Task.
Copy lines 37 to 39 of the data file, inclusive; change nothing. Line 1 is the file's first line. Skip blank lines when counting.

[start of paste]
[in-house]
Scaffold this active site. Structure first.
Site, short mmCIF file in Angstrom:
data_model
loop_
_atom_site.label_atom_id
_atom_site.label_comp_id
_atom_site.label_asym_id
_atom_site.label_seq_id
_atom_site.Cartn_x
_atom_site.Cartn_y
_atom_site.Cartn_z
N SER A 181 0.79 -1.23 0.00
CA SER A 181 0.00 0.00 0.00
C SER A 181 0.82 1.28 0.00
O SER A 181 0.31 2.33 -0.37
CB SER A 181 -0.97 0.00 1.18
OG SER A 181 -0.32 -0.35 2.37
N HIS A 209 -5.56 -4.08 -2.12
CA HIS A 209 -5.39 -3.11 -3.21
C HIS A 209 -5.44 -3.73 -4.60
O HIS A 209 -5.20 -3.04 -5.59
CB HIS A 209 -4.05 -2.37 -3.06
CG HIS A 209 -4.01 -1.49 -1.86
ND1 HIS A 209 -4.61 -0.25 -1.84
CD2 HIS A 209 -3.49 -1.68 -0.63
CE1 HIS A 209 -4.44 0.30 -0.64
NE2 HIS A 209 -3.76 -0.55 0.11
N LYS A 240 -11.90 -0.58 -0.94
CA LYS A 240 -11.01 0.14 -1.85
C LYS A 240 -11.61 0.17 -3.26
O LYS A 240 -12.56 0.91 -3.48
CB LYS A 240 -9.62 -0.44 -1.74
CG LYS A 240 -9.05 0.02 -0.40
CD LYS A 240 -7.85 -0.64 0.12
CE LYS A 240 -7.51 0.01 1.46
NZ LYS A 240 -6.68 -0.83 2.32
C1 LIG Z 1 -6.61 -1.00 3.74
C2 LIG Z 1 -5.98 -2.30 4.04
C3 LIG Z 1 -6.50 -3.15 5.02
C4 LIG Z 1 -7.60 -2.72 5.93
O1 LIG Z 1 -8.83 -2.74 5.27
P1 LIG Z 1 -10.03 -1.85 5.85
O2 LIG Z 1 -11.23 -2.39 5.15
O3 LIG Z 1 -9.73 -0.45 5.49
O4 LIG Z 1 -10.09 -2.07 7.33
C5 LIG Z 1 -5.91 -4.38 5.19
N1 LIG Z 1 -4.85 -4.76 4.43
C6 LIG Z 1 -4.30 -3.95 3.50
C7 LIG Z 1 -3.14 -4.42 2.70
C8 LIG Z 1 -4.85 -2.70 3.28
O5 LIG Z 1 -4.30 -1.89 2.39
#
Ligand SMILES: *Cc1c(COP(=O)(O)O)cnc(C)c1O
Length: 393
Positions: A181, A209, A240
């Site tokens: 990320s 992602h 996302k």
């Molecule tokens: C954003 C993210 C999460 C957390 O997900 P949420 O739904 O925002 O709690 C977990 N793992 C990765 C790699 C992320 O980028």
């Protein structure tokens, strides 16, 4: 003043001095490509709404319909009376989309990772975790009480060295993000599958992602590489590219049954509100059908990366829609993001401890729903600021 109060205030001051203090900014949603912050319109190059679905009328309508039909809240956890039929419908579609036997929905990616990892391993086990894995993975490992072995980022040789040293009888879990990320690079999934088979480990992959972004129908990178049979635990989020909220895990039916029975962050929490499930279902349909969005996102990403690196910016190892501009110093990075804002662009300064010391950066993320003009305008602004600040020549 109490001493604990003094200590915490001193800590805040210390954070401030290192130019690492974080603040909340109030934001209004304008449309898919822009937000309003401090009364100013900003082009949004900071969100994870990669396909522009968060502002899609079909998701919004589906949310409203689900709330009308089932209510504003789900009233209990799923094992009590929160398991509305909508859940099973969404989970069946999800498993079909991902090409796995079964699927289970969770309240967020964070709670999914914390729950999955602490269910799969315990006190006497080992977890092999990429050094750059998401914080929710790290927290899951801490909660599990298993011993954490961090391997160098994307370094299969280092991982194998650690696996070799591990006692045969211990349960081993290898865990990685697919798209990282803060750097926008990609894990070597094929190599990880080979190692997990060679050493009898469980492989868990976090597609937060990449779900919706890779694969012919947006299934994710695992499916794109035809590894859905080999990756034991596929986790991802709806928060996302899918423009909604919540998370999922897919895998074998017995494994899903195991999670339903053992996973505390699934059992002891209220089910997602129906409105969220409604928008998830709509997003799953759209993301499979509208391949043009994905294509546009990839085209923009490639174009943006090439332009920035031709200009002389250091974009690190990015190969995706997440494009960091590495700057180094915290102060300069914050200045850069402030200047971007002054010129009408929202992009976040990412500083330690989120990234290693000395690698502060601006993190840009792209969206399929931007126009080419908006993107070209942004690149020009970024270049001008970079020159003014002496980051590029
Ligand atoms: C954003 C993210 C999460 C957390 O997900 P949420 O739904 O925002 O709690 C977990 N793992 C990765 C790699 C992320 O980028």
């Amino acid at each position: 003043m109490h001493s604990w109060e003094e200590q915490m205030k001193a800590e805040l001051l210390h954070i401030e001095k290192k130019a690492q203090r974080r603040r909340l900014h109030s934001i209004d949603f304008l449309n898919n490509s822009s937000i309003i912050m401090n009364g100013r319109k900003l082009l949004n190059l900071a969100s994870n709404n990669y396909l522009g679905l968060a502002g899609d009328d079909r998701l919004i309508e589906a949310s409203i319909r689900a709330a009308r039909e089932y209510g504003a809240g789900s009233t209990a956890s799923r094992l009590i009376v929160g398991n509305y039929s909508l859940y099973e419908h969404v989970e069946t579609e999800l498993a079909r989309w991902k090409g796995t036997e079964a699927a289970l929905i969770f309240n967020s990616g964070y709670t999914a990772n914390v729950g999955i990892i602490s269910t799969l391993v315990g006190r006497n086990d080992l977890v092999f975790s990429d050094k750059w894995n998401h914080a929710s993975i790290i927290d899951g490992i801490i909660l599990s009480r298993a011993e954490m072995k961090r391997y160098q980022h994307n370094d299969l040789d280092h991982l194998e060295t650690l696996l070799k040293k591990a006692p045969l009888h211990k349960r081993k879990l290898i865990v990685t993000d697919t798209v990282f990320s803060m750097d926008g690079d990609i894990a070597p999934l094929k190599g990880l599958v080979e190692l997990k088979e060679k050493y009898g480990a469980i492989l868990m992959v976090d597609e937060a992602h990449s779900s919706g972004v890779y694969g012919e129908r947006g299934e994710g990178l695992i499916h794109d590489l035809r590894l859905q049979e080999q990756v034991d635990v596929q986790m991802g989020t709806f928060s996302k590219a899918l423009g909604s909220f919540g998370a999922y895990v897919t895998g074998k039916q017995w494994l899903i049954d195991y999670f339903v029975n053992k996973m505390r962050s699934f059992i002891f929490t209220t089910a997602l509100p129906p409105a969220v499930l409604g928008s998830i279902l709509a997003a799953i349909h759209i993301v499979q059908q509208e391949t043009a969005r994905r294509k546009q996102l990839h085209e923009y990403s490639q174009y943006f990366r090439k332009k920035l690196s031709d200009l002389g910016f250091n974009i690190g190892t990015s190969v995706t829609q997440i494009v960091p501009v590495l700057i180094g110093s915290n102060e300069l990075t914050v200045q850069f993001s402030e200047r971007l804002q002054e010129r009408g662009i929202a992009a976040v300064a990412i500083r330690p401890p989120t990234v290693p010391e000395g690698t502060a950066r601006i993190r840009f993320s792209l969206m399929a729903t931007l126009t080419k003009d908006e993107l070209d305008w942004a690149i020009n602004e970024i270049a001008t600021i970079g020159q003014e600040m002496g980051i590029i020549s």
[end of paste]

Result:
NZ LYS A 240 -6.68 -0.83 2.32
C1 LIG Z 1 -6.61 -1.00 3.74
C2 LIG Z 1 -5.98 -2.30 4.04